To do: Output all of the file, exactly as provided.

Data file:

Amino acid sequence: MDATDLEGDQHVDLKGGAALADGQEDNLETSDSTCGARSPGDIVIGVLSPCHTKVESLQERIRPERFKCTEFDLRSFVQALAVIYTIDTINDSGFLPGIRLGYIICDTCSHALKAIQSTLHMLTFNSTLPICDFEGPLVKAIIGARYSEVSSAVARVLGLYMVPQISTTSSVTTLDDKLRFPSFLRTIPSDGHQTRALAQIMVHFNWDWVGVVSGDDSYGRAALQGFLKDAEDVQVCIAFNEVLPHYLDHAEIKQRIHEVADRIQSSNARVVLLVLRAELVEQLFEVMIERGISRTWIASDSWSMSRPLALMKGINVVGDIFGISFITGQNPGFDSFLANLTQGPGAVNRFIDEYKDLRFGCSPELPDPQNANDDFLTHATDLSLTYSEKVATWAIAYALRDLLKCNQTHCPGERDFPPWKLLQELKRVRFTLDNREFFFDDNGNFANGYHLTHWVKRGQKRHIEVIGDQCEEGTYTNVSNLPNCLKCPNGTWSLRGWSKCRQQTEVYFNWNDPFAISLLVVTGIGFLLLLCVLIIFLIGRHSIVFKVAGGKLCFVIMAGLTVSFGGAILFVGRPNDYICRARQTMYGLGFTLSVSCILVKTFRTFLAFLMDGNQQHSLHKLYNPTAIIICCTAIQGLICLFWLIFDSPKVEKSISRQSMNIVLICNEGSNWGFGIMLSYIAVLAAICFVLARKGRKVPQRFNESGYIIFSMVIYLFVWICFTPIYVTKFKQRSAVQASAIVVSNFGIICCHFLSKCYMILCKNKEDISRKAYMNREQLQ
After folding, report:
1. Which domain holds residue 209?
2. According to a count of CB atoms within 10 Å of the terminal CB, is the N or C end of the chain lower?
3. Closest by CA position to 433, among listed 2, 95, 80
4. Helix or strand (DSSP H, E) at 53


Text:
Amino acid sequence: MDATDLEGDQHVDLKGGAALADGQEDNLETSDSTCGARSPGDIVIGVLSPCHTKVESLQERIRPERFKCTEFDLRSFVQALAVIYTIDTINDSGFLPGIRLGYIICDTCSHALKAIQSTLHMLTFNSTLPICDFEGPLVKAIIGARYSEVSSAVARVLGLYMVPQISTTSSVTTLDDKLRFPSFLRTIPSDGHQTRALAQIMVHFNWDWVGVVSGDDSYGRAALQGFLKDAEDVQVCIAFNEVLPHYLDHAEIKQRIHEVADRIQSSNARVVLLVLRAELVEQLFEVMIERGISRTWIASDSWSMSRPLALMKGINVVGDIFGISFITGQNPGFDSFLANLTQGPGAVNRFIDEYKDLRFGCSPELPDPQNANDDFLTHATDLSLTYSEKVATWAIAYALRDLLKCNQTHCPGERDFPPWKLLQELKRVRFTLDNREFFFDDNGNFANGYHLTHWVKRGQKRHIEVIGDQCEEGTYTNVSNLPNCLKCPNGTWSLRGWSKCRQQTEVYFNWNDPFAISLLVVTGIGFLLLLCVLIIFLIGRHSIVFKVAGGKLCFVIMAGLTVSFGGAILFVGRPNDYICRARQTMYGLGFTLSVSCILVKTFRTFLAFLMDGNQQHSLHKLYNPTAIIICCTAIQGLICLFWLIFDSPKVEKSISRQSMNIVLICNEGSNWGFGIMLSYIAVLAAICFVLARKGRKVPQRFNESGYIIFSMVIYLFVWICFTPIYVTKFKQRSAVQASAIVVSNFGIICCHFLSKCYMILCKNKEDISRKAYMNREQLQ
After folding, report:
1. Which domain holds residue 209?
2. According to a count of CB atoms within 10 Å of the terminal CB, is the N or C end of the chain lower?
3. Closest by CA position to 433, among listed 2, 95, 80
4. Helix or strand (DSSP H, E) at 53